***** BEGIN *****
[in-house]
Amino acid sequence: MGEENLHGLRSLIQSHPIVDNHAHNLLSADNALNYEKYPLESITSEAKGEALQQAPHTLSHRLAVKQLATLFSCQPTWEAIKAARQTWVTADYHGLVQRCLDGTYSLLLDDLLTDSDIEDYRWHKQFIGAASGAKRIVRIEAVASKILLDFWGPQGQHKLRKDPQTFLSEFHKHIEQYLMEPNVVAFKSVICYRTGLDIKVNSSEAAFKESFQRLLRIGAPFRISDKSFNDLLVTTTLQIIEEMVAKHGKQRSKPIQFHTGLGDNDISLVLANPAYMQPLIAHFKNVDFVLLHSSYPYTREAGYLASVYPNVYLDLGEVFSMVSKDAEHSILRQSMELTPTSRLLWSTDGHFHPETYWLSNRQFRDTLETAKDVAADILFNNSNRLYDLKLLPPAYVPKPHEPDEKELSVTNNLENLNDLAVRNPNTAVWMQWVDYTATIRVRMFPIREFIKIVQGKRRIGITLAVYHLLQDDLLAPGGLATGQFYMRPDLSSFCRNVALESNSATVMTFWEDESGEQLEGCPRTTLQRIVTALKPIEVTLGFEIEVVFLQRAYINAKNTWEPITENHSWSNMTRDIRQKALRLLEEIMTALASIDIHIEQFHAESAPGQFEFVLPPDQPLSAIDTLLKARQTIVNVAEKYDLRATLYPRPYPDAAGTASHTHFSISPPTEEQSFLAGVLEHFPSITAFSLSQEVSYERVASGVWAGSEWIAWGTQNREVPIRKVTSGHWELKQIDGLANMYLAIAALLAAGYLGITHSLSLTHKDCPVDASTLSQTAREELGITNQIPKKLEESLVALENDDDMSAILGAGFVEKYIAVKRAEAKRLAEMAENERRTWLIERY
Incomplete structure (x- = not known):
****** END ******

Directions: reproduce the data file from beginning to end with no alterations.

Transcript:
[in-house]
Amino acid sequence: MGEENLHGLRSLIQSHPIVDNHAHNLLSADNALNYEKYPLESITSEAKGEALQQAPHTLSHRLAVKQLATLFSCQPTWEAIKAARQTWVTADYHGLVQRCLDGTYSLLLDDLLTDSDIEDYRWHKQFIGAASGAKRIVRIEAVASKILLDFWGPQGQHKLRKDPQTFLSEFHKHIEQYLMEPNVVAFKSVICYRTGLDIKVNSSEAAFKESFQRLLRIGAPFRISDKSFNDLLVTTTLQIIEEMVAKHGKQRSKPIQFHTGLGDNDISLVLANPAYMQPLIAHFKNVDFVLLHSSYPYTREAGYLASVYPNVYLDLGEVFSMVSKDAEHSILRQSMELTPTSRLLWSTDGHFHPETYWLSNRQFRDTLETAKDVAADILFNNSNRLYDLKLLPPAYVPKPHEPDEKELSVTNNLENLNDLAVRNPNTAVWMQWVDYTATIRVRMFPIREFIKIVQGKRRIGITLAVYHLLQDDLLAPGGLATGQFYMRPDLSSFCRNVALESNSATVMTFWEDESGEQLEGCPRTTLQRIVTALKPIEVTLGFEIEVVFLQRAYINAKNTWEPITENHSWSNMTRDIRQKALRLLEEIMTALASIDIHIEQFHAESAPGQFEFVLPPDQPLSAIDTLLKARQTIVNVAEKYDLRATLYPRPYPDAAGTASHTHFSISPPTEEQSFLAGVLEHFPSITAFSLSQEVSYERVASGVWAGSEWIAWGTQNREVPIRKVTSGHWELKQIDGLANMYLAIAALLAAGYLGITHSLSLTHKDCPVDASTLSQTAREELGITNQIPKKLEESLVALENDDDMSAILGAGFVEKYIAVKRAEAKRLAEMAENERRTWLIERY
Incomplete structure (x- = not known):